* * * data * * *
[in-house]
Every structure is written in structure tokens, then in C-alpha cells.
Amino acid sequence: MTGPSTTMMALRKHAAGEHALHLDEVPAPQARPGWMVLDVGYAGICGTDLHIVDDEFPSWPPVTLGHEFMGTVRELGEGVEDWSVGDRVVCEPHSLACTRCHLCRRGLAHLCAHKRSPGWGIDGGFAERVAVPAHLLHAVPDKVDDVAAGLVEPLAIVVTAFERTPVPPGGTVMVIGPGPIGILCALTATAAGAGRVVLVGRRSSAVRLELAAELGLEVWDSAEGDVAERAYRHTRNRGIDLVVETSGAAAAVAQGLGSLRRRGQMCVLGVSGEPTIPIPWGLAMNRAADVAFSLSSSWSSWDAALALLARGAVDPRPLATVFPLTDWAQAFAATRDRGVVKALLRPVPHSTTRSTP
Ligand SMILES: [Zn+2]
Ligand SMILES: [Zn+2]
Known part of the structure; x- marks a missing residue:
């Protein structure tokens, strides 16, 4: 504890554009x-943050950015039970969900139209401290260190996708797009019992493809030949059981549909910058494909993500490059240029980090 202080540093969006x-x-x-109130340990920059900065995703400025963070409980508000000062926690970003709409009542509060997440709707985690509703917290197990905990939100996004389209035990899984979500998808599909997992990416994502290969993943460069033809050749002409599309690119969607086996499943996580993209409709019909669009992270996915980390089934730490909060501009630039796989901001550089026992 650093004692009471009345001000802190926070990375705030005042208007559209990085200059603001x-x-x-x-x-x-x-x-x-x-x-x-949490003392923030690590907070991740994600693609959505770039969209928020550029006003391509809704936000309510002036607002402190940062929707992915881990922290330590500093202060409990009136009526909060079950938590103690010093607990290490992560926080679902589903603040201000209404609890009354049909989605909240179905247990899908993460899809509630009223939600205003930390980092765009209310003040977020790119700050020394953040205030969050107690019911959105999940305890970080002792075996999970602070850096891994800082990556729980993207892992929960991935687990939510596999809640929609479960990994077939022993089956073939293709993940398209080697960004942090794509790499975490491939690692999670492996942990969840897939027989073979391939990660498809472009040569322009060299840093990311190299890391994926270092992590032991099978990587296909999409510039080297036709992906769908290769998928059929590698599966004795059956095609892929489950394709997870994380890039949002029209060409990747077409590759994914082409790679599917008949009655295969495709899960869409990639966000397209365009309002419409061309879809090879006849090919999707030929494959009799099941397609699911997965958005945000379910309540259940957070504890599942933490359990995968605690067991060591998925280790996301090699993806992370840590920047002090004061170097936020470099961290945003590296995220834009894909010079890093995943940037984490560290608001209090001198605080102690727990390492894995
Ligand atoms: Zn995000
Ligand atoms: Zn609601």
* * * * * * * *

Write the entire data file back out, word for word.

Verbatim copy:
[in-house]
Every structure is written in structure tokens, then in C-alpha cells.
Amino acid sequence: MTGPSTTMMALRKHAAGEHALHLDEVPAPQARPGWMVLDVGYAGICGTDLHIVDDEFPSWPPVTLGHEFMGTVRELGEGVEDWSVGDRVVCEPHSLACTRCHLCRRGLAHLCAHKRSPGWGIDGGFAERVAVPAHLLHAVPDKVDDVAAGLVEPLAIVVTAFERTPVPPGGTVMVIGPGPIGILCALTATAAGAGRVVLVGRRSSAVRLELAAELGLEVWDSAEGDVAERAYRHTRNRGIDLVVETSGAAAAVAQGLGSLRRRGQMCVLGVSGEPTIPIPWGLAMNRAADVAFSLSSSWSSWDAALALLARGAVDPRPLATVFPLTDWAQAFAATRDRGVVKALLRPVPHSTTRSTP
Ligand SMILES: [Zn+2]
Ligand SMILES: [Zn+2]
Known part of the structure; x- marks a missing residue:
């Protein structure tokens, strides 16, 4: 504890554009x-943050950015039970969900139209401290260190996708797009019992493809030949059981549909910058494909993500490059240029980090 202080540093969006x-x-x-109130340990920059900065995703400025963070409980508000000062926690970003709409009542509060997440709707985690509703917290197990905990939100996004389209035990899984979500998808599909997992990416994502290969993943460069033809050749002409599309690119969607086996499943996580993209409709019909669009992270996915980390089934730490909060501009630039796989901001550089026992 650093004692009471009345001000802190926070990375705030005042208007559209990085200059603001x-x-x-x-x-x-x-x-x-x-x-x-949490003392923030690590907070991740994600693609959505770039969209928020550029006003391509809704936000309510002036607002402190940062929707992915881990922290330590500093202060409990009136009526909060079950938590103690010093607990290490992560926080679902589903603040201000209404609890009354049909989605909240179905247990899908993460899809509630009223939600205003930390980092765009209310003040977020790119700050020394953040205030969050107690019911959105999940305890970080002792075996999970602070850096891994800082990556729980993207892992929960991935687990939510596999809640929609479960990994077939022993089956073939293709993940398209080697960004942090794509790499975490491939690692999670492996942990969840897939027989073979391939990660498809472009040569322009060299840093990311190299890391994926270092992590032991099978990587296909999409510039080297036709992906769908290769998928059929590698599966004795059956095609892929489950394709997870994380890039949002029209060409990747077409590759994914082409790679599917008949009655295969495709899960869409990639966000397209365009309002419409061309879809090879006849090919999707030929494959009799099941397609699911997965958005945000379910309540259940957070504890599942933490359990995968605690067991060591998925280790996301090699993806992370840590920047002090004061170097936020470099961290945003590296995220834009894909010079890093995943940037984490560290608001209090001198605080102690727990390492894995
Ligand atoms: Zn995000
Ligand atoms: Zn609601």